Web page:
DISCUSSION Neisseria meningitidis is a heterotrophic gram negative aerobic diplococcal bacterium. There are total 13 identified serotypes (A to L), while only 5 serotypes namely A, B, C, Y and W-135 are known to cause major invasive disease. It is estimated that about 5.2 cases per 100000 population are affected each year worldwide, while 10% individuals die. Generally, invasive meningococcal infection presented as meningitis or septicemia or combination of both and rashes are commonly associated with disease . Meningococcemia is rarely reported without rashes . On reviewing literature, unusual association with meningococcal infection was found whereas no other case of meningococcal meningitis presented with early vascular involvement without development of rashes was found . Though meningitis and meningococcal septicemia are common clinical presentations but it may also manifest as pneumonia, purulent pericarditis, pyogenic arthritis or osteomyelitis, endophthalmitis, conjunctivitis, primary peritonitis and urethritis. Lipopolysaccharide is an endotoxin which is a component of meningococcal cell wall . The pathophysiology of meningococcemia involves direct bacterial toxicity, cytokine release, ischemia, vasculitis and oedema. Meningococcal septicemia has more aggressive course and it is associated with high mortality [1,4,5]. Eventhough, death due to fulminant meningococcemia may occur within hours of the first symptoms. Rashes are developed in more than 80% cases of meningococcal disease. These rashes develop as a result of occlusion of small vessels by antigen antibody interaction in the dermis of skin. Rash may be absent during early phase of illness or in overwhelming sepsis . It is often suspected on the basis of clinical presentations and diagnosis is confirmed by 3
Jitendra Singh et al., Atypical Association of Meningococcal Meningitis; Focus on Severity and Outcome
blood culture. Once endothelial injury occurred, it results in plateletrelease reactions, local vasoconstriction and platelet plugs formation which leads to intravascular thrombosis. Severe thrombosis in the microvasculature of the skin may present in meningococcemia which often occurred in glove-and-stocking pattern that can necessitate amputation of digits or limbs . Neisseria meningitidis is the second most common cause of community acquired bacterial meningitis in adults. It remains a major health problem especially in developing countries . So, it is necessary to prevent the disease by cutting the route of transmission, proper vaccination and chemoprophylaxis of close contacts especially in rural areas.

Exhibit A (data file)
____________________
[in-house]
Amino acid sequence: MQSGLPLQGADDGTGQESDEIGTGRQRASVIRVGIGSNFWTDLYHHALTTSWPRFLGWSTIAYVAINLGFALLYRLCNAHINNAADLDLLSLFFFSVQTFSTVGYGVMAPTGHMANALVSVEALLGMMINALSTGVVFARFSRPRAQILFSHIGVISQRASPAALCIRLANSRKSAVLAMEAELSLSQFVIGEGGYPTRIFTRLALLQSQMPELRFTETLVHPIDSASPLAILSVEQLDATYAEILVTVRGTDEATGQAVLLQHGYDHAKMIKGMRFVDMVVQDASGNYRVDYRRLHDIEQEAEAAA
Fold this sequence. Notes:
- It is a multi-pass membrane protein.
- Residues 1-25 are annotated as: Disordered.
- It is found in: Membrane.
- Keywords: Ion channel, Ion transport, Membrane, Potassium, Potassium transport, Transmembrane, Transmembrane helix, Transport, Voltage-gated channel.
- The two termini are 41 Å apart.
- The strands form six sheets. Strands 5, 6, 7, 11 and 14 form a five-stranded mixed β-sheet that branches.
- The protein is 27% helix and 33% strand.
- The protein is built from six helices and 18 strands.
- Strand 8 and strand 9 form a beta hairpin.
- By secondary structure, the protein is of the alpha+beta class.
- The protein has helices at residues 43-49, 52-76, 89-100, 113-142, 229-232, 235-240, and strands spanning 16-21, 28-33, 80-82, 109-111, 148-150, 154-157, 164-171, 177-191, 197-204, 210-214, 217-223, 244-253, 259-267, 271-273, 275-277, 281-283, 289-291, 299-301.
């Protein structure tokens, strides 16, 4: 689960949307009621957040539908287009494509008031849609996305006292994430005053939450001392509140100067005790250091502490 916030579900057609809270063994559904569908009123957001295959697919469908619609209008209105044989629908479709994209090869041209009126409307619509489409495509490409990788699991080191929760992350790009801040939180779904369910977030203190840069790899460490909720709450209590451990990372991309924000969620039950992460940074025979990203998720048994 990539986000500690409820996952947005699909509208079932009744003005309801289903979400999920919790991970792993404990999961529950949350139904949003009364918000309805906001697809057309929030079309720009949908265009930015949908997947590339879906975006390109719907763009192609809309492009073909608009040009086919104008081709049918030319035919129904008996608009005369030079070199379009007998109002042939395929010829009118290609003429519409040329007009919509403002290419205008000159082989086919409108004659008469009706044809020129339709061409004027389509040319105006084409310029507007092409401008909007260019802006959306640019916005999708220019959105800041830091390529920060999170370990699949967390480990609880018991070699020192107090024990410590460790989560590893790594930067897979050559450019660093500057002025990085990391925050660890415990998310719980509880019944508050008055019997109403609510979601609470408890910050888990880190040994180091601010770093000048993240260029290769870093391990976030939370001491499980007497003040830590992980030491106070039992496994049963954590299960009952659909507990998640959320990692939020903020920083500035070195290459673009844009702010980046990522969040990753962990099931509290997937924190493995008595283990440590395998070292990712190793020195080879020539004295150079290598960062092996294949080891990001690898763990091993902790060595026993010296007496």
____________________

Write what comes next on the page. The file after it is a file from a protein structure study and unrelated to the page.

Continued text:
CONCLUSION This case report highlights the rarity of atypical presentation. Therefore, it is important for treating physicians to be aware of the rashless presentation of meningococcemia as early diagnosis and prompt treatment with high dose antibiotics has a good outcome.
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PARTICULARS OF CONTRIBUTORS: 1. 2. 3. 4. 5.
Senior Resident, Department of Medicine, King George Medical University, Lucknow, Uttar Pradesh, India. Associate Professor, Department of Medicine, King George Medical University, Lucknow, Uttar Pradesh, India. Senior Resident, Department of Medicine, King George Medical University, Lucknow, Uttar Pradesh, India. Assistant Professor, Department of Microbiology, IMS, BHU, Varanasi, Uttar Pradesh, India. Associate Professor, Department of Medicine, King George Medical University, Lucknow, Uttar Pradesh, India.
NAME, ADDRESS, E-MAIL ID OF THE CORRESPONDING AUTHOR: Dr. Anju Dinkar, Assistant Professor, Department of Microbiology, IMS, BHU, Varanasi-221005, Uttar Pradesh, India. E-mail: [email protected]
Financial OR OTHER COMPETING INTERESTS: None.
Date of Submission: Jun 20, 2016 Date of Peer Review: Jul 26, 2016 Date of Acceptance: Sep 26, 2016 Date of Publishing: Dec 01, 2016
Journal of Clinical and Diagnostic Research. 2016 Dec, Vol-10(12): OD03-OD04